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Begins: Jun 25, 2010
Date: Thu, Jun 24th, 2010
Start: Newark, NJ
End: West Glacier, MT
Daily Distance: 0
Entry Visits: 577
Journal Visits: 4,947
Guestbook Views: 158
Guestbook Entrys: 0
Can you take a potty trowel as carry-on?For those of you wondering whether ULA Potty Trowels can go on flights as carry-on, the answer is maybe. Frogs and I spent the night in the Newark, NJ airport, which surprisingly lacks the all-the-time activity you'd expect from an airport that close to NYC. All the check-in counters were closed. Yes, Newark sleeps at night--except for an incessant fire-alarm that went off every 5 minutes between the hours of 2 am and 4 am which made it impossible for thru-hikers to sleep on the bumpy chairs! Tired, and with no desire to pay for check-in bags, we were first in line for security(it opens at 4:30 am). Strapped to the back of my pack, I put my pack and trowel on the conveyor belt, willing to take the risk.
I quickly went through the gate, trying to look confident, and to my surprise, the trowel went through the x-ray machine all right. I was free to go to the gate, potty trowel in hand! Frogs, my hiking partner turned boyfriend, got stopped for having tent poles. While I was waiting for TSA to manhandle our ultralight gear ("Sir, do not touch the item."), the TSA lady discovered my Potty Trowel peaking out from behind my pack.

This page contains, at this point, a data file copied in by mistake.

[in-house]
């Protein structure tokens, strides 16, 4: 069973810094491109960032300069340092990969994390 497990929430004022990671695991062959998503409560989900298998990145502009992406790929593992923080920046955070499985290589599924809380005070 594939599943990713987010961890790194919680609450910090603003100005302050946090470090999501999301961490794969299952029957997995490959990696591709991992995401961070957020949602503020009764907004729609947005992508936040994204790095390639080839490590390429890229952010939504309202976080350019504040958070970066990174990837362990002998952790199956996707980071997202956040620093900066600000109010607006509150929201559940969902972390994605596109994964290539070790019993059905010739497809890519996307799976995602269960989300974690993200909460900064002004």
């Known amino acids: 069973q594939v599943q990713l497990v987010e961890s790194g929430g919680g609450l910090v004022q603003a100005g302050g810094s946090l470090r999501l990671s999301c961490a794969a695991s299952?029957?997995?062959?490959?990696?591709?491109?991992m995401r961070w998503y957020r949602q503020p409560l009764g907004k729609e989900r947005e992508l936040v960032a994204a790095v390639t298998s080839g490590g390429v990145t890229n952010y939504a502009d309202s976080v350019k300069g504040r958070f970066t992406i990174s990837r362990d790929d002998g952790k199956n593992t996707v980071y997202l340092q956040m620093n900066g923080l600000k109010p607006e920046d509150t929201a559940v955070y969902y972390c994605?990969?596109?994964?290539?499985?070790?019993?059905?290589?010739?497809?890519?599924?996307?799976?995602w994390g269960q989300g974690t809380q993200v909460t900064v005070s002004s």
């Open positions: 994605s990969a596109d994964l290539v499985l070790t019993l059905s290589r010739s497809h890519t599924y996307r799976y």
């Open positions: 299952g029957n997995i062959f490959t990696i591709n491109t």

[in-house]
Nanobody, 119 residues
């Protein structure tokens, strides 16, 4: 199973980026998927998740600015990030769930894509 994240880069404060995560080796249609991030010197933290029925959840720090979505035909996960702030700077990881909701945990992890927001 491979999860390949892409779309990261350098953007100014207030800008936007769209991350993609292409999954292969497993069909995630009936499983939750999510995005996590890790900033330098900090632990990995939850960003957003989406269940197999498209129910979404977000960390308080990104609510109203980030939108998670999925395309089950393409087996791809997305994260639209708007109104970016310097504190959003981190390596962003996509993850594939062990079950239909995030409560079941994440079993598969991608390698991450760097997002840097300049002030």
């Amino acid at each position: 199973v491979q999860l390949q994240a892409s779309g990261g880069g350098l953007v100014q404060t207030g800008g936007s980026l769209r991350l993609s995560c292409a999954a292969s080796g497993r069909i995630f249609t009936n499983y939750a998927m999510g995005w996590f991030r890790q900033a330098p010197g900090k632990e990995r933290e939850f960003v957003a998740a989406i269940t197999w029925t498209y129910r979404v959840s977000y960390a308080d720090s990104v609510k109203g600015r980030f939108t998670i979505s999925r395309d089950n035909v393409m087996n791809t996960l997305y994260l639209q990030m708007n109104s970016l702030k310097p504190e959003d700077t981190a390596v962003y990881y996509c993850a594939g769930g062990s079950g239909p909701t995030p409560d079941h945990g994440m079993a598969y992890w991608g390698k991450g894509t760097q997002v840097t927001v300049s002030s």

"Is that one of those rock climbing things?" she asked, horrified that I would bring a sharp weapon onto the plane. "No, it's a potty trowel! You're not supposed to use it for that." It took about 5 TSA guys 15 minutes and multiple trips through the X-ray machine to determine whether indeed it could go through. Finally, a man came up to me and said, "This can't go on," and I was escorted back to the entrance--completely unable to touch my ice axe, even to pack it into a backpack so I could check it in.
Frustrated, I spent ten minutes trying to get the potty trowel in my backpack, but it was too long. I imagined the sharp handle piercing my backpack during the flights. Visions of starting the trail with a gaping hole in my pack, items falling out and water and snow creeping in, crossed my snorkelly mind. I I ended up wrapping it in a garbage bag and shipping it off, signing away my right to sue Delta if it was destroyed at all.
Thus began our flight to Kalispell and the 40 hours of sleeplessness that got us to West Glacier, MT.
Snorkel's CDT 2010
The Continental Divide Trail is a national scenic trail that runs from Mexico to Canada via New Mexico, Colorado, Wyoming, Idaho and Montana. This unfinished trail can potentially span up to 3,100 miles. Learn more: www.continentaldividetrail.org
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